‘From the early nineties the safety revolutionised cycle racing, and record succeeded record at a bewildering rate, until it became common for a cyclist behind pace to eclipse the times of the best racehorses the world has ever produced’.

‘The popularity of the sport developed…the League of Wheelmen…at one time promised to become a very wealthy body…but two or three years later the absence of crack riders from the other side of the world and the lack of variety in the sport, coupled with unfavourable weather conditions, resulted in unprofitable meetings’.

‘Now the motor has come to play its part in the sport, and its advent was enthusiastically welcomed on Saturday…the gate receipts…and next Saturdays takings…will all be profit.’

Mix of old and new cycles, Adelaide Oval 11 October 1902 (Observer)

‘The story of the evolution of the motor car was admirably told on Saturday in the exhibition of ancients and modern methods of locomotion…the early form of the bicycle was illustrated by old wooden velocipedes…40 years old…ridden in the old fashioned costume of top hats and black suits with flying coat-tails…Alongside of these were motorcycles ridden by Messrs TP O’Grady, A Allison, W Baulderstone, W Courtney, R Davis, HM Aunger, RW Lewis, FR Burden, EA Gowan, D Bruce and EF Wilksch were shown.’

‘Most interest was shown in the motor cars, of which four were shown. Mr Gordon Ayres brought his car, a very handsome one…but it could not be taken onto the track…with an old set of tyres one of which blew out. Mr H Thomson’s ‘Swift’, which he has just imported attracted considerable notice. The other two cars which raced around the oval were both locally manufactured. One was shown by Mr V Lewis, and driven by Mr H Bernard, and the other was exhibited and driven by Mr J Bullock. In addition to these Messrs J Bullock, H Bernard and the representative of the Massey- Harris Company had motor quadricycles on the track. With all these machines careering round the oval at their best pace the spectacle was in the highest degree interesting. The exhibition was the success of the day, and when the officials of the league saw the impression it made on the spectators they at once resolved to repeat it next Saturday. Mr Ayers car will then be shown in action with all the others.’

TP O’Grady with his ‘works’ Lewis motor-cycle- winner of the first motorbike race in Australia 11 October 1902 (Observer)

‘The other novelty of the meeting was the motor cycle race of 5 miles’. Originally their were 13 entries with the race divided into two heats, with two machines withdrawing from the first heat.

‘TP O’Grady was off scratch, W Courtney 30 seconds, A Allison 50 and W Baulderstone 1 min 5 sec. Baulderstone was away well and had almost completed a lap when O’ Grady was pushed off. Courtney retired early with a mechanical problem. O’ Grady’s machine took a while to get going, but when it did it was soon seen to be the fastest machine on the track. It lapped the others three times in the 15 laps and covered some of the circuits in 32 and 33 seconds. Its fastest pace was at the rate of 1 min 32 sec for the mile, or 30 miles per hour. O’ Grady an old time racing man, who constructed the motor himself at Mr V Lewis cycle works, was loudly cheered as he finished his five miles journey in 9 min 10 secs. Just after he crossed the line the belt of his motor broke. There was an interesting run for second place between Allison and Baulderstone. The latters machine lost the pace with which it started, and Allison was able to keep ahead’.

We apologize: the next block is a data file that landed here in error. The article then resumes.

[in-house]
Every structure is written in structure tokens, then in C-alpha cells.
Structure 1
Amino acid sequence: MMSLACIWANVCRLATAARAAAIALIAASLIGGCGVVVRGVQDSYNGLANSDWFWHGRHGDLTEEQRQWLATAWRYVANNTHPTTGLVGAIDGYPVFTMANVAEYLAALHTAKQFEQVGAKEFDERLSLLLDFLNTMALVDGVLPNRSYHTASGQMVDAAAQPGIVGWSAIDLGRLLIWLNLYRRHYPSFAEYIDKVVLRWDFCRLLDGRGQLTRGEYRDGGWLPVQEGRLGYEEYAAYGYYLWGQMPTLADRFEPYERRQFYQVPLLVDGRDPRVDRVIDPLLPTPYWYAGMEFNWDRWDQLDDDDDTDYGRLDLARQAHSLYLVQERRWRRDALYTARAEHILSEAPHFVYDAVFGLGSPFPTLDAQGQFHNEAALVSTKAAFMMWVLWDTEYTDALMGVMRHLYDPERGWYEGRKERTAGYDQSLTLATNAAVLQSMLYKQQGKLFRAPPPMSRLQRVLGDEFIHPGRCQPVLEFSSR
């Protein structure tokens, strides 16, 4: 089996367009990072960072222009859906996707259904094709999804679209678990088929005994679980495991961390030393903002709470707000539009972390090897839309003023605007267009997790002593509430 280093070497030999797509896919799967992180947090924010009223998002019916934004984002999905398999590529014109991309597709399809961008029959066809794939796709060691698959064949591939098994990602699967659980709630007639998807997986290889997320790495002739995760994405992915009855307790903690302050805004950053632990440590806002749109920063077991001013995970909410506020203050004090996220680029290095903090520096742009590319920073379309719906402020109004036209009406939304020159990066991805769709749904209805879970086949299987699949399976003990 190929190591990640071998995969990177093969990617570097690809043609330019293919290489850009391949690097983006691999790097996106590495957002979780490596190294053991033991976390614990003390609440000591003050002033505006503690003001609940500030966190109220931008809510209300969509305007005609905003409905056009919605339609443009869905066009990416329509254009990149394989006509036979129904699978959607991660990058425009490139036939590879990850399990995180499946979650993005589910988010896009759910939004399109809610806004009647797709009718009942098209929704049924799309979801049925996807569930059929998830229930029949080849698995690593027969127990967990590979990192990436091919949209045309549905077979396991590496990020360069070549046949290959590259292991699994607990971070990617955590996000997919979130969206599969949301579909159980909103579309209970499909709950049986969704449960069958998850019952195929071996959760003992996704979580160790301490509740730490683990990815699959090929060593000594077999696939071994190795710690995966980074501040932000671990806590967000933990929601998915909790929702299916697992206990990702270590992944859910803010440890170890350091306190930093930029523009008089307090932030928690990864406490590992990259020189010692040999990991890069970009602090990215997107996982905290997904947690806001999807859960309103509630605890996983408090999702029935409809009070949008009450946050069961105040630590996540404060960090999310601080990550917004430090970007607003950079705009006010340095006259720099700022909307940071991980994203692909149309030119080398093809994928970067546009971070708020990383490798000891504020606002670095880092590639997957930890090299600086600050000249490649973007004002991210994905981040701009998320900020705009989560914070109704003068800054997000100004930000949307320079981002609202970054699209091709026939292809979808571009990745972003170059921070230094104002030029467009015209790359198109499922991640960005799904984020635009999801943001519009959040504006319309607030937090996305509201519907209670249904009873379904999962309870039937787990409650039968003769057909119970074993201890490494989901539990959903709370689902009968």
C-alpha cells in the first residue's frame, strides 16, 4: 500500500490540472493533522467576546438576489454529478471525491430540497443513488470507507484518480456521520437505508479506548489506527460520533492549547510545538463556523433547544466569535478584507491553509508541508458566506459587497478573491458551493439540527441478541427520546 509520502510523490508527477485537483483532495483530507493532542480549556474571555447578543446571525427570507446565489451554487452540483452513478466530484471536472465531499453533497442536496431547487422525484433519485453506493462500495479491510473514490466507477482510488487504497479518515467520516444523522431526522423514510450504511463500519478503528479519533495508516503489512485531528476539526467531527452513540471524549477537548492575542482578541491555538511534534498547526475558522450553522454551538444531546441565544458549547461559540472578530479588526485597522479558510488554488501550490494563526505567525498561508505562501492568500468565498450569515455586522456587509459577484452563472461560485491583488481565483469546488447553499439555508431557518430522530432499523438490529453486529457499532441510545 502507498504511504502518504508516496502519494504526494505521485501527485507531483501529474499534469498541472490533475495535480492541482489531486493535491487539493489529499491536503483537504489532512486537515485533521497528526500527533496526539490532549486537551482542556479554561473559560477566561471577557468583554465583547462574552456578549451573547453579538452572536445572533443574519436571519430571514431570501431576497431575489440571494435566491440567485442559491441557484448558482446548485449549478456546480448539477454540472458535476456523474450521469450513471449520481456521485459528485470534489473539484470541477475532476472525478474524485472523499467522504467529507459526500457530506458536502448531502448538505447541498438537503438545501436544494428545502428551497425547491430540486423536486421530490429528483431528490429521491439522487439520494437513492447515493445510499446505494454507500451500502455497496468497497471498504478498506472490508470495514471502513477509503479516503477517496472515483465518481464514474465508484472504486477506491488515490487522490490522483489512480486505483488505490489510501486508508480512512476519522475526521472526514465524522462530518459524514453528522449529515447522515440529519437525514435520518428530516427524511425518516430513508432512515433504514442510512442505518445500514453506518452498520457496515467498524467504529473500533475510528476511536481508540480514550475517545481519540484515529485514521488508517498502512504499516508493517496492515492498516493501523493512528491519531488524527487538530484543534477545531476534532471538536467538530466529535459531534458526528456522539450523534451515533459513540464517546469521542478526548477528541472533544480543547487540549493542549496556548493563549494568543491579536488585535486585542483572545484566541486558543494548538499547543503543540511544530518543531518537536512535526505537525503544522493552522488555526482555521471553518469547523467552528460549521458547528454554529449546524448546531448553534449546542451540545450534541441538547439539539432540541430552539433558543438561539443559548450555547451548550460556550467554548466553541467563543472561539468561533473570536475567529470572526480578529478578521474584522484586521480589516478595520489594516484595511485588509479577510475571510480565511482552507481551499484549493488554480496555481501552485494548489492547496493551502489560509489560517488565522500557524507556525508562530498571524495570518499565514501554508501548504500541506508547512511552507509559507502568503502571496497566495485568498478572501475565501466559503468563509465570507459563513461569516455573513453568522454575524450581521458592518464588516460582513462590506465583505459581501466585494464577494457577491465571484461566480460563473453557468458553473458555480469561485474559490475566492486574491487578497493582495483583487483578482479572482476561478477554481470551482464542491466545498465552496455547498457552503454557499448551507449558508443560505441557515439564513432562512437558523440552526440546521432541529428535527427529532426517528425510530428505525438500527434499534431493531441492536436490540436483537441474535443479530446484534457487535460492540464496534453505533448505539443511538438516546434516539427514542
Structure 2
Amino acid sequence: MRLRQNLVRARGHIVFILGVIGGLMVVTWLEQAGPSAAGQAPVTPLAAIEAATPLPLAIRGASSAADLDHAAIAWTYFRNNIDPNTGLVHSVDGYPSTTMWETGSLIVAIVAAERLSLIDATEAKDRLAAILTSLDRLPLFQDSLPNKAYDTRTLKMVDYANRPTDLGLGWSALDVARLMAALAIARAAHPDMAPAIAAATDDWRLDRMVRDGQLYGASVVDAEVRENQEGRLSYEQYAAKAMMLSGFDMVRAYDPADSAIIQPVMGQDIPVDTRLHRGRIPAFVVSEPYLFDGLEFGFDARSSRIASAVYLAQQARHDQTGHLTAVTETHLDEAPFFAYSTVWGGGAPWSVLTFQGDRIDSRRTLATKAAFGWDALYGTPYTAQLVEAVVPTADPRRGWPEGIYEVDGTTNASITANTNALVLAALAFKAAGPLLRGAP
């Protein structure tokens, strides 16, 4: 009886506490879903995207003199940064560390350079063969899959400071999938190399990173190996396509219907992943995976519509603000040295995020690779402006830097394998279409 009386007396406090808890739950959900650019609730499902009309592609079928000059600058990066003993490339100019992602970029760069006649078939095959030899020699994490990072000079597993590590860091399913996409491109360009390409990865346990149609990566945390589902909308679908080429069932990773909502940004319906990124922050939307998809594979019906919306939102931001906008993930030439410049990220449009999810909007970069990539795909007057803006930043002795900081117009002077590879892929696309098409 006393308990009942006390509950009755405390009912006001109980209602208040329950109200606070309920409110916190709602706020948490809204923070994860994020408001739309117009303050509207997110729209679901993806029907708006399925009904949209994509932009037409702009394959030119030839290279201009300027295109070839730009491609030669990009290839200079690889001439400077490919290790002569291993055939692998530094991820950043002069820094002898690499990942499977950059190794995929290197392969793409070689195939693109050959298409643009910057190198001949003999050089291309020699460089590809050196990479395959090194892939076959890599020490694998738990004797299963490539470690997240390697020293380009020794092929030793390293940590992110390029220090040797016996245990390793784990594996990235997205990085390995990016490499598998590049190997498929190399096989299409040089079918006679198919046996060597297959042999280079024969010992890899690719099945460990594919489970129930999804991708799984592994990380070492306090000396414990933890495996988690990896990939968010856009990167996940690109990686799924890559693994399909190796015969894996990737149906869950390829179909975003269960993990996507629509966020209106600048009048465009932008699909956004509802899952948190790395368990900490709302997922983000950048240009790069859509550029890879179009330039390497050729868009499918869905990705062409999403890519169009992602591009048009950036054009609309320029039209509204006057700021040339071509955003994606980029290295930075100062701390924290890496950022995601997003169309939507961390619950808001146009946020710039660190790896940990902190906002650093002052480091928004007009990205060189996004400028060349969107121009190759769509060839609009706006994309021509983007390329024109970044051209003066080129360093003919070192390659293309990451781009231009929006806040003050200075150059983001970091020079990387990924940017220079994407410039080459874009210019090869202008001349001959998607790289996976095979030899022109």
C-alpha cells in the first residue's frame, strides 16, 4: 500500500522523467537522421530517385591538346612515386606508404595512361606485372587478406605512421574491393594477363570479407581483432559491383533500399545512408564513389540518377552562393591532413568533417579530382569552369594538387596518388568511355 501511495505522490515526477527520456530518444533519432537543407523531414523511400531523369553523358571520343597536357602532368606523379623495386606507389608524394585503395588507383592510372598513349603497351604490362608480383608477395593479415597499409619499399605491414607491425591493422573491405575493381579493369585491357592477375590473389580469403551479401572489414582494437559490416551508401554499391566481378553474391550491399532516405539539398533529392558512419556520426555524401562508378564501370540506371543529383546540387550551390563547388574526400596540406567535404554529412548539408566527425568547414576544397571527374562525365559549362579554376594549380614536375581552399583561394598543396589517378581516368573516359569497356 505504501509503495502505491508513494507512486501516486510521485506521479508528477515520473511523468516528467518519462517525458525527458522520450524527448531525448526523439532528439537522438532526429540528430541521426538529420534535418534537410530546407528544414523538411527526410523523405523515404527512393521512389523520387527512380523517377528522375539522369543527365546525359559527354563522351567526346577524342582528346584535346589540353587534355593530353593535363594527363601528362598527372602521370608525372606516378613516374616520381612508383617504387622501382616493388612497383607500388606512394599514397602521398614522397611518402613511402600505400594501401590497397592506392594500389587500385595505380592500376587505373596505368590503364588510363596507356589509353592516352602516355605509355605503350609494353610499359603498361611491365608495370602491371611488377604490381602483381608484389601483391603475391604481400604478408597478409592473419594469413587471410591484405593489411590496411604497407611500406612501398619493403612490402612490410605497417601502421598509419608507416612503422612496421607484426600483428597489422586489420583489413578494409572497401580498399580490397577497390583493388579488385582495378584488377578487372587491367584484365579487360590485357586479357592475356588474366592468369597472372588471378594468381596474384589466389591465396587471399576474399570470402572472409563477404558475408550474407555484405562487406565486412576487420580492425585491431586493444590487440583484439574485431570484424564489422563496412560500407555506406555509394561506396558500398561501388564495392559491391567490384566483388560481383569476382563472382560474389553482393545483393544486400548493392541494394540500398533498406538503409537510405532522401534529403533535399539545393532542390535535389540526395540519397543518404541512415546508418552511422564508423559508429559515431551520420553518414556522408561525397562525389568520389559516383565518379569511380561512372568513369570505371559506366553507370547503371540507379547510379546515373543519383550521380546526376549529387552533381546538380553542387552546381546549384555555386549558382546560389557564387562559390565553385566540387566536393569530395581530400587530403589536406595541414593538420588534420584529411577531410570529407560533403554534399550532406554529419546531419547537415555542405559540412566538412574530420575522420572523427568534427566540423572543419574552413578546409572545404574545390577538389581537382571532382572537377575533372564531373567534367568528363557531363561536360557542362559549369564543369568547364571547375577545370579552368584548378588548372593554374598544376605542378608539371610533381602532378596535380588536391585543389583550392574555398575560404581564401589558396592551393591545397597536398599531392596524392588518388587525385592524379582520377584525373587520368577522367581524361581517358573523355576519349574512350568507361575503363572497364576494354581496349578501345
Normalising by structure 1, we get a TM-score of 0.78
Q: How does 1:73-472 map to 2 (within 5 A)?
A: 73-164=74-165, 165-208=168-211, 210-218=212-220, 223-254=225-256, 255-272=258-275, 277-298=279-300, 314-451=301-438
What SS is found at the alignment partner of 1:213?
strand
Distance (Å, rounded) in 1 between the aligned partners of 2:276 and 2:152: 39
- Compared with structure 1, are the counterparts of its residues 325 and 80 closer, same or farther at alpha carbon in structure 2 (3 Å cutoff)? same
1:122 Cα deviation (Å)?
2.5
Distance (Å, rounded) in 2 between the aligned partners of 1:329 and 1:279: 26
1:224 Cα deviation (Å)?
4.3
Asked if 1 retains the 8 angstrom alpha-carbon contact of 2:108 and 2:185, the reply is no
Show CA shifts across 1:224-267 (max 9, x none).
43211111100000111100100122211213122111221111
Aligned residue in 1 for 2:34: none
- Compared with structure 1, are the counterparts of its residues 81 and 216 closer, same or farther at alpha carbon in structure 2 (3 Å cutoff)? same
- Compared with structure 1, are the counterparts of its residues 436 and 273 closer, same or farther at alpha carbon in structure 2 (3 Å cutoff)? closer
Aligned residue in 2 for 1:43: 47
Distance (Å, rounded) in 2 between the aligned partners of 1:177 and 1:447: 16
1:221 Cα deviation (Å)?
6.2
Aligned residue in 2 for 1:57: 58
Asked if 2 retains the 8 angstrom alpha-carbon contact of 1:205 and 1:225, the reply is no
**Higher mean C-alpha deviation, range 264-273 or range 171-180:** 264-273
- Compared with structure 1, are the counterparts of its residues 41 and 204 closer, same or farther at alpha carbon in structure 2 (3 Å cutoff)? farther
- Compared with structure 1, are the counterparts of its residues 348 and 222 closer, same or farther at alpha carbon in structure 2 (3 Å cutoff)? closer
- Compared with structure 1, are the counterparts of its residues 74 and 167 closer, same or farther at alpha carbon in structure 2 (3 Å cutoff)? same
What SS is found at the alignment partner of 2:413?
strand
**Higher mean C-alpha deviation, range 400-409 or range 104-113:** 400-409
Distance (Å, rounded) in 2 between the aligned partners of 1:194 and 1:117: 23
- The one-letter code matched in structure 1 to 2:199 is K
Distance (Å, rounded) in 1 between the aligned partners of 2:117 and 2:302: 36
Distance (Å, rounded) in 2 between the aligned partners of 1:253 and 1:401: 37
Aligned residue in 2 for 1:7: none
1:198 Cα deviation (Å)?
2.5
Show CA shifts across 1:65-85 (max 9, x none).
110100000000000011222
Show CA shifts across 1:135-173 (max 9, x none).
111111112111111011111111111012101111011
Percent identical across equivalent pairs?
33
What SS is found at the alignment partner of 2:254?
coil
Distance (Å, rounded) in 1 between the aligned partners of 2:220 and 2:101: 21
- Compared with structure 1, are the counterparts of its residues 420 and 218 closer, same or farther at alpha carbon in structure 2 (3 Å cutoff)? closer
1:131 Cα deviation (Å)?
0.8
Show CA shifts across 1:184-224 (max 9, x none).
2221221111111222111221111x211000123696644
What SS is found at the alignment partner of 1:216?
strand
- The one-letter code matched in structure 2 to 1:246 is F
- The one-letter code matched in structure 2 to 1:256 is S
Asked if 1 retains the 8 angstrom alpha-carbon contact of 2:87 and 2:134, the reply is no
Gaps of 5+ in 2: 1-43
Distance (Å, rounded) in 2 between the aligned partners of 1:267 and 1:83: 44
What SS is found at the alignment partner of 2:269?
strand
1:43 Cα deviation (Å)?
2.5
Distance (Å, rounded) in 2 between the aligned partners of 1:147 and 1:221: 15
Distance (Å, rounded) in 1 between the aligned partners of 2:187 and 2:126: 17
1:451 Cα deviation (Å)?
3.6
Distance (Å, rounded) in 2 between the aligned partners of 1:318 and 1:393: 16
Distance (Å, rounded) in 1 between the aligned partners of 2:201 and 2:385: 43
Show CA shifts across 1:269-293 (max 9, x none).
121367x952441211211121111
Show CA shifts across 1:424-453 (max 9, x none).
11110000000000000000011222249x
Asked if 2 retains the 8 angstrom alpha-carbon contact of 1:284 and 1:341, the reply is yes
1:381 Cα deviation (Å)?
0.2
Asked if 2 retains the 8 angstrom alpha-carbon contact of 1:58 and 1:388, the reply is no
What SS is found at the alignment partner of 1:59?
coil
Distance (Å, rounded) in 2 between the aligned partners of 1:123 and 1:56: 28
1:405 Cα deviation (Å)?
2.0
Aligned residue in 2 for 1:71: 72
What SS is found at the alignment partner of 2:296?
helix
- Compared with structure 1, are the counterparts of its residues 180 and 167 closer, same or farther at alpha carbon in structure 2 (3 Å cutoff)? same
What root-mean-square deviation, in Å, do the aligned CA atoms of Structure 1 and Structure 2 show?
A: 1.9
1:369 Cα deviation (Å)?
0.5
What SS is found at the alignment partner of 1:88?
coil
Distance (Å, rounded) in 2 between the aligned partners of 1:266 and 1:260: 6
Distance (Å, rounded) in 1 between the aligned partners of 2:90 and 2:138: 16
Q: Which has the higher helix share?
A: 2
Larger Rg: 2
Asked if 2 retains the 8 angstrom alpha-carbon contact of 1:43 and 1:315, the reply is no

A story about Vivian Lewis and his nascent cycle, motor-cycle and car company is a story in itself, O’Grady was Works Manager, Works Rider/Driver! and a shareholder in Vivian Lewis Ltd.

The Adelaide Observer had this to say about O’Grady’s performance. Thomas Patrick ‘Tom’ O’Grady ‘carried off the honours’ covering the 5 miles in a time of 9 minutes 10 seconds ‘at times he travelled at the rate of 39 miles an hour’. Some of the laps of 612 yards were covered in 33.25 seconds with one mile timed at 1min 33 seconds. It was the first occasion on which the machine had been tested, it was not completed until the Saturday morning, the average of 1min 50 seconds per mile ‘must be considered gratifying, particularly as a strong wind had to be contended with’.

There were six starters in the second heat which was run at a lower pace with interest being lost when R Davis’ belt broke with 3 laps to go when he was overhauling the leaders. J Bullock won from FH Burden, RW Lewis, EF Wilksch and Davis. ‘The final between the first three in each heat will be run next Saturday’.

In a full program of bicycle racing many of the motorised racers jumped onto their normal racing cycles.